How are athletes represented in search engine results?
A pilot project undertaken to discover how female and male athletes are represented in search engine results has highlighted both the progress that has been made and the biases that still exist in the media coverage of female athletes.
As part of an International Women's Day pledge to World Athletics, global research, digital and creative agency Redtorch has studied search engine data, which directly impacts how discoverable athletes are to audiences around the world.
The focus for this project was the World Athletics Championships Oregon22, as the agency explored the differences in representation of female and male athletes in online news across English-speaking countries including Australia, Canada, Jamaica, Kenya, South Africa, the United Kingdom and United States.
Results showed a 42% female/58% male split in overall search returns when the spotlight was on specific athletes. However, when looking through the lens of individual disciplines, more significant differences were recorded: the biggest being a 32% female/68% male split among throwers.
The female coverage is much higher than is generally found in mainstream media sports coverage, but is still short of gender parity, considering that there is now an even number of events for men and women at the World Athletics Championships.
The pilot study also analysed athlete social media platforms, paying particular attention to audience size as a robust reflection of overall popularity. Interestingly, the total of social media followers was significantly higher for female athletes (56%) than male athletes (44%), yet the word ‘male’ still appeared in headlines 107% more than ‘female’.
In searches for named athletes, the study examined the coverage of generic discipline searches to gather information about best-performing athletes in each discipline. For example, a search for ‘best 100m athlete Oregon 2022’ returned an athlete image carousel split of 68% male/32% female on the athletes featured.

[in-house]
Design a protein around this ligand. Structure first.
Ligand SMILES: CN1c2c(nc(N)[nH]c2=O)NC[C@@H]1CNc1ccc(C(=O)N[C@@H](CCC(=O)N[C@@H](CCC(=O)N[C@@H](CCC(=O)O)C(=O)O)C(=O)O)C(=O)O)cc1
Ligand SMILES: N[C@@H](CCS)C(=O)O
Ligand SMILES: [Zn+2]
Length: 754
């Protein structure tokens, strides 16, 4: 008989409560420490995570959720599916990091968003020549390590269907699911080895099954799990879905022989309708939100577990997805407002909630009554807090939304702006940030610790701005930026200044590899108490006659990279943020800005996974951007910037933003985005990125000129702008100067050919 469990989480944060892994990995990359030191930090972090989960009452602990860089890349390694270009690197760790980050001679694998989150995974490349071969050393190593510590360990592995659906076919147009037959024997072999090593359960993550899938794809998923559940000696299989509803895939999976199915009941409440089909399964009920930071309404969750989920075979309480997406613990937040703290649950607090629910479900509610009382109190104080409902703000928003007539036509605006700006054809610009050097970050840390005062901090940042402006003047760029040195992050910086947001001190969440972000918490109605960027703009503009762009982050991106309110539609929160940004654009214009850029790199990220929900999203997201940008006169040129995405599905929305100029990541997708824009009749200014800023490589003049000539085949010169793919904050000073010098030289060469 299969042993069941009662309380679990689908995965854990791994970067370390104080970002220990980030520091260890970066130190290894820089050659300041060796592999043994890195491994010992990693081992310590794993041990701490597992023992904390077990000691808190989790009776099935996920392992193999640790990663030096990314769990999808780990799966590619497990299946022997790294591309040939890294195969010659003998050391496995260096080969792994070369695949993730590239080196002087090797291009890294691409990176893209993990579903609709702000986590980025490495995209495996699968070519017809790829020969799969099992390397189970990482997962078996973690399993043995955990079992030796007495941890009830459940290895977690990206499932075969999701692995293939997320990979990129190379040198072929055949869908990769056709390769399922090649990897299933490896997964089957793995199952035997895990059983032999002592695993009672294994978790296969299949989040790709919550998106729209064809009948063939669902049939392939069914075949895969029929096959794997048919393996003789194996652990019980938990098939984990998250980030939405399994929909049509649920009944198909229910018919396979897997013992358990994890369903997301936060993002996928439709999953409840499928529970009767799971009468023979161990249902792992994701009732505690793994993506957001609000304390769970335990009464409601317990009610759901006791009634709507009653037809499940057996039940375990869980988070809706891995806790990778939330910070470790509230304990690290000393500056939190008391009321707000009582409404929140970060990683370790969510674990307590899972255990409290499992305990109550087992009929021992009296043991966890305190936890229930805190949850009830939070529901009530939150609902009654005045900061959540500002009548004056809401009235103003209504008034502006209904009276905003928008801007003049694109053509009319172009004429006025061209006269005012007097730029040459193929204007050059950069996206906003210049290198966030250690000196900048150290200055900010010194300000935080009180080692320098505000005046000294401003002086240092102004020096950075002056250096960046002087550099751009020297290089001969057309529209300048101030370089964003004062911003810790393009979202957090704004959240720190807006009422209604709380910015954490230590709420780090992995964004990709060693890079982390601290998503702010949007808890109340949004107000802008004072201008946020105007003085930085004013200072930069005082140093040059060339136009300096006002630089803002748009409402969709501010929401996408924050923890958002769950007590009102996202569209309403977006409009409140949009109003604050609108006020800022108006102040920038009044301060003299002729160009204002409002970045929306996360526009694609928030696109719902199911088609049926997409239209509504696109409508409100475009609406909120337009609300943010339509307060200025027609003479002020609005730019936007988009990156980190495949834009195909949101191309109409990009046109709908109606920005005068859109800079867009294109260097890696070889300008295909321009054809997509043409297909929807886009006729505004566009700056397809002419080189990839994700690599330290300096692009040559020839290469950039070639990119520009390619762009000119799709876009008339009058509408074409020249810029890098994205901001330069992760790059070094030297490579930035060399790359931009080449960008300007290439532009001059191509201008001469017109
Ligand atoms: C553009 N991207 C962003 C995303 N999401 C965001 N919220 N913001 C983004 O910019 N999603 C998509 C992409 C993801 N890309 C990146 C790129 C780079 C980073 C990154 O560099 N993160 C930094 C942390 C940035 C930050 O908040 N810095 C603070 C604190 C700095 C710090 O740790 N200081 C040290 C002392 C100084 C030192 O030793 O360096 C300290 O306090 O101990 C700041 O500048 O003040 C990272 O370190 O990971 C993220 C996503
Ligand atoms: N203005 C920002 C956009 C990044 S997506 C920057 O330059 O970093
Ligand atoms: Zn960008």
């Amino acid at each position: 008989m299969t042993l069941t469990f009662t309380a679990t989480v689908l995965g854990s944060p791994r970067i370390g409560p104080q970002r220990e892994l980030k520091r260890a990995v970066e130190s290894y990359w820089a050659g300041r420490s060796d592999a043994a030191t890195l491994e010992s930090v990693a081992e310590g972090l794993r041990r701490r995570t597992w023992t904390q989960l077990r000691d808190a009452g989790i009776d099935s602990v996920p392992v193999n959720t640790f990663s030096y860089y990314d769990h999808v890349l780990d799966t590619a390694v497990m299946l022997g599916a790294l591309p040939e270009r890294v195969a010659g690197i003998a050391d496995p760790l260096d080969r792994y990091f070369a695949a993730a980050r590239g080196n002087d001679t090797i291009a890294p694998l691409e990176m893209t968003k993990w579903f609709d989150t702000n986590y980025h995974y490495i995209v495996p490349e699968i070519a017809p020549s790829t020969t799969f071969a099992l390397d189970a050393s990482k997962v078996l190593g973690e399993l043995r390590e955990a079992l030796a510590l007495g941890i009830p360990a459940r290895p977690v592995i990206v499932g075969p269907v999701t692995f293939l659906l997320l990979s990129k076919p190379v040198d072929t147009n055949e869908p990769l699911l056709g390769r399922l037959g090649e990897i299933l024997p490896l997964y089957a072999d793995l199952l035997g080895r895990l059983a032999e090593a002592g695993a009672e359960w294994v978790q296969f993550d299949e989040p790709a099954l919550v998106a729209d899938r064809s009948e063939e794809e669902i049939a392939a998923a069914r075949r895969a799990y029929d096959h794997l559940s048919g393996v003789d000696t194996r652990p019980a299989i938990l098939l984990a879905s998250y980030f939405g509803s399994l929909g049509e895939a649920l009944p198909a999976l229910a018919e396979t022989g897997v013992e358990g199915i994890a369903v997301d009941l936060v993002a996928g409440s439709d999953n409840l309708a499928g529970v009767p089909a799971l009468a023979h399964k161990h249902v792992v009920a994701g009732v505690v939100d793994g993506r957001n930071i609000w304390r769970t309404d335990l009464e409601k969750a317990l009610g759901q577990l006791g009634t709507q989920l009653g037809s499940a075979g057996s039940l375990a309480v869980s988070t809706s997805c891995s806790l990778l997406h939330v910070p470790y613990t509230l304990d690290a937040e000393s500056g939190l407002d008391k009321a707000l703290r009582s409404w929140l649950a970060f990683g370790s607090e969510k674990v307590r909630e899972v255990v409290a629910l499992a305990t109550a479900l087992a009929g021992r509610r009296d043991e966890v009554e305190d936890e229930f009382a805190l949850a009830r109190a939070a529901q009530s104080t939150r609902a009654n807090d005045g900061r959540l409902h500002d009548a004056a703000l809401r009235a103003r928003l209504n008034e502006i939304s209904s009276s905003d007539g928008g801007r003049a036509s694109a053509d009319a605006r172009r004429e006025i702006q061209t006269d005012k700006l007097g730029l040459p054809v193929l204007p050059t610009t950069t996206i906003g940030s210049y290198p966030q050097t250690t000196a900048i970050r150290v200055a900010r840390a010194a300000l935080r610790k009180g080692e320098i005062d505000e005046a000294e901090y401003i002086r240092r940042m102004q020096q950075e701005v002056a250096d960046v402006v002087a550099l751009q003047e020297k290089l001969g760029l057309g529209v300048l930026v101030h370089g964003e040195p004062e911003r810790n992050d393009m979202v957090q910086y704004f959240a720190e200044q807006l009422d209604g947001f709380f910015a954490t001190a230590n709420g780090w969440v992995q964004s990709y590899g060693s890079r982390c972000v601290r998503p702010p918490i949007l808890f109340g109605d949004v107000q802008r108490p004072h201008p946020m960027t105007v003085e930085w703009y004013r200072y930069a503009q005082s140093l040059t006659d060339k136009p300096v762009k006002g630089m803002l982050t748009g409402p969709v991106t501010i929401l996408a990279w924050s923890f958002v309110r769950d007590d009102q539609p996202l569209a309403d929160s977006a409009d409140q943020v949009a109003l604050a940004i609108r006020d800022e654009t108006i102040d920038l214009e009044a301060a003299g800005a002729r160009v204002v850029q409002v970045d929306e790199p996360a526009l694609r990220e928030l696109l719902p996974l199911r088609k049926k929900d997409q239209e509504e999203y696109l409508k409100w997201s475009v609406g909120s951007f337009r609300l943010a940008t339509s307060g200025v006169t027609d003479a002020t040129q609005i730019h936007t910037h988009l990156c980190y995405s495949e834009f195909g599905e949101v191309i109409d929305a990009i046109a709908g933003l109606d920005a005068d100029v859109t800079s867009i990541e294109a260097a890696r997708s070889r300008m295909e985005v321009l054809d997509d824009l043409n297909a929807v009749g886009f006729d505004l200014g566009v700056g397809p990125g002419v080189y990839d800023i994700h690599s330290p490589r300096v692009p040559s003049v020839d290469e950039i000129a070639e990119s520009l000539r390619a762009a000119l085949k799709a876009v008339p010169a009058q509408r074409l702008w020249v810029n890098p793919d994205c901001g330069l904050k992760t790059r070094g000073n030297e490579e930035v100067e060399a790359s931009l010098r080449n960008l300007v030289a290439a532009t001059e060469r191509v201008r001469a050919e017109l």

The average split across all disciplines in generic searches showed a 42% female/58% male return – very similar to the percentage return for named athletes. When searching for generic terms within disciplines, for example "best 100m athlete", on average the results featured substantially more male than female athletes. This could indicate that search engine algorithms may contain potential bias which overlook female results.
The study’s authors concluded: “We believe this pilot project sets a benchmark that World Athletics can use to further address the imbalance in female coverage. We look forward to working together on the development of this pilot project by covering more markets and athletes, and helping to change the coverage.”
Further data will be gathered during the World Athletics Championships Budapest 23 in August.
Among World Athletics’ pledges for International Women’s Day in 2023 is to promote more, better, and fairer coverage of the sport’s female athletes by conducting and/or commissioning research across the entire media landscape, including a third online abuse study at the World Athletics Championships Budapest 23 , which will track abuse directed at male and female athletes on social media in order to better protect female athletes and take action against those who target athletes online.
World Athletics will also continue to commission articles, features and other content throughout the year highlighting the ground-breaking women in our sport. This will include developing a podcast series to tell stories of pioneering women and the challenges they face, including protection of female sport, motherhood, mental health, and safeguarding.
• The period monitored was July 2022.
• The number of athletes monitored = eight top-performing athletes (named athletes) per discipline. This totalled 380 athletes with an equal female/male split.
• An extensive search was conducted across multiple markets (Australia, Canada, Jamaica, Kenya, South Africa, United Kingdom and United States) to ensure validity and representation of search returns.
• Other generic ‘discipline’ Oregon 2022 search terms were used to count the number of female/male athletes on the carousel (as well as the number of times ‘female’/‘male’ appeared in first page results).